The Fine Art of Teaching and and Learning/TD.4.2.1... · Title: The Fine Art of Teaching and Learning…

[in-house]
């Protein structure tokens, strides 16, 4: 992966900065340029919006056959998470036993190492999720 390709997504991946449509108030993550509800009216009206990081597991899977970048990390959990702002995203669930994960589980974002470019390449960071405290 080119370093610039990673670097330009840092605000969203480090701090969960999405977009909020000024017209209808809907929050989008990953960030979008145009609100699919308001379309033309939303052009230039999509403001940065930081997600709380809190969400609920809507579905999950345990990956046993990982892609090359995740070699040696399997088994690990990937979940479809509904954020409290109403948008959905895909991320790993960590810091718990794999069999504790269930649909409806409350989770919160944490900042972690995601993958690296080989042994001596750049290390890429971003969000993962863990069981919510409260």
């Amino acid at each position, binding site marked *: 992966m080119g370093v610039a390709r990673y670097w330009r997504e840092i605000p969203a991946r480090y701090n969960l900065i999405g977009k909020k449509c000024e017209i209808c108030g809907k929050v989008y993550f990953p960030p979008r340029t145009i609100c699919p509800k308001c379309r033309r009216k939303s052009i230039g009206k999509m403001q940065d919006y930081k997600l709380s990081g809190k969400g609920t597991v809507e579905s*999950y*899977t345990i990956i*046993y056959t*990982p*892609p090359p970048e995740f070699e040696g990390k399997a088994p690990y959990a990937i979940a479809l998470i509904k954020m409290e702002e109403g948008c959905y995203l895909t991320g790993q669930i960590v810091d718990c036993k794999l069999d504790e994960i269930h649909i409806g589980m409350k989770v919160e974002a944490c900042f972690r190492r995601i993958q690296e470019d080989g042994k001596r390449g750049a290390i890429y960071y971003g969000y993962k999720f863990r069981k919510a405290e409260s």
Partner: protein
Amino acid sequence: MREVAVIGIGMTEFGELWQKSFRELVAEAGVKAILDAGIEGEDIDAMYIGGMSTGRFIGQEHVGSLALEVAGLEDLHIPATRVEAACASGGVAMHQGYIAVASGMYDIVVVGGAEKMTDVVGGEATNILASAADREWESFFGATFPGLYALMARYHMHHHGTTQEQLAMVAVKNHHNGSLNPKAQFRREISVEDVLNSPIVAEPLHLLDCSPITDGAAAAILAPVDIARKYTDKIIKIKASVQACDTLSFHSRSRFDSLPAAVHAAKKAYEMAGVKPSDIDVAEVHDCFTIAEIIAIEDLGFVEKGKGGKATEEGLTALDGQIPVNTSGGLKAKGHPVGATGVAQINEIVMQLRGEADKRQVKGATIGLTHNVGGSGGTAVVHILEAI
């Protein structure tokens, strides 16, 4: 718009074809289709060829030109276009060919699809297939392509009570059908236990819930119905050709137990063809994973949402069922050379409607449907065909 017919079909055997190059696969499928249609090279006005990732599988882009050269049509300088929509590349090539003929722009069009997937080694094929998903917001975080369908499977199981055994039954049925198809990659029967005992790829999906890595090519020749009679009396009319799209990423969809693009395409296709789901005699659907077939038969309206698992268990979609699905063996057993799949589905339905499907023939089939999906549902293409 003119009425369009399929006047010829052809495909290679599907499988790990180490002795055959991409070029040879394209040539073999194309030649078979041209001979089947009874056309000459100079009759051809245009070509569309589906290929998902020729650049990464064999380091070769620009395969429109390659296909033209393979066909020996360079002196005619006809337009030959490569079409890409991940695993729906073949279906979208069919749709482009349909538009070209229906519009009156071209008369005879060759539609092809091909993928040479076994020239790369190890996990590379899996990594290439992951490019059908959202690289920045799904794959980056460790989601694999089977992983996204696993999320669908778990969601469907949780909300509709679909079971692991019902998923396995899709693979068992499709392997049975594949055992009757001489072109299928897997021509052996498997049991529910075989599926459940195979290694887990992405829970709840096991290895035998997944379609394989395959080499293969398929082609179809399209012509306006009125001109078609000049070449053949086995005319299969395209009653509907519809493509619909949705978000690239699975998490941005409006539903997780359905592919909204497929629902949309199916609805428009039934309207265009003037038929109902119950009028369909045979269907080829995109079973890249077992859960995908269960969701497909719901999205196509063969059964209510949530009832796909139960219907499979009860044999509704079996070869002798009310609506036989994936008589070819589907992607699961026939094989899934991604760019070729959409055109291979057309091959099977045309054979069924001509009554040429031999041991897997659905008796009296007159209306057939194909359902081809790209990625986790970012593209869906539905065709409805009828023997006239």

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<ul><li><p>Editorial November 2010 </p><p>1 Transformative Dialogues: Teaching &amp; Learning Journal Volume 4 Issue 2 November 2010 </p><p>The Fine Art of Teaching and Learning </p><p>Dr. Balbir Kaur Gurm, Editor-in-Chief, &amp; Al Valleau, Associate Editor, Kwantlen Polytechnic University </p><p>Editorial </p><p>Teaching and learning are very complicated. Most educators agree that a good educator has adequate knowledge of the subject matter and needs knowledge regarding pedagogy. Yet, a good educators repertoire of skills and knowledge also includes interpersonal and inclusion skills. Each class has its unique challenges, its own personality. As a wise historian once told one of us, never teach new material once. Each class is different; each class will give you a different understanding of the material and whether it is accessible to them. Indeed, the challenges of teaching are not just in mastering the material, but, simultaneously, in mastering how each group responds to material and how material has to be adapted for use in different situations. </p><p>Much of the literature on higher level thinking skills such as critical thinking indicates that students must interact with knowledge in some way in order to integrate it into their being, knowing and doing. As well, teaching and learning exist in a multitude of environments. To be an effective educator, it is also important to be literate about multimedia and be aware of the unique sources for learning differences that influence learner success. Educators need to have an intuitive ability to recognize and respond to how individuals learn differently, and creatively foster interest, value, and inclusion to be effective and facilitate learning. This is a formidable task, one that means an educator can never rely totally on lecture notes, a set of PowerPoint slides or a lesson plan to communicate an understanding of material and make knowledge accessible to all audiences. </p><p>This issue contains the experiences of post-secondary faculty in different organizations. The faculty describes their challenges dealing with complex students and learning environments both within the traditional classroom and outside. They discuss the influence of technology as well as the basics of forming relations with students. </p><p>We hope you enjoy reading about the experiences and are able to transfer the articles insights to your own learning environments. </p><p>Balbir Gurm and Al Valleau </p></li></ul>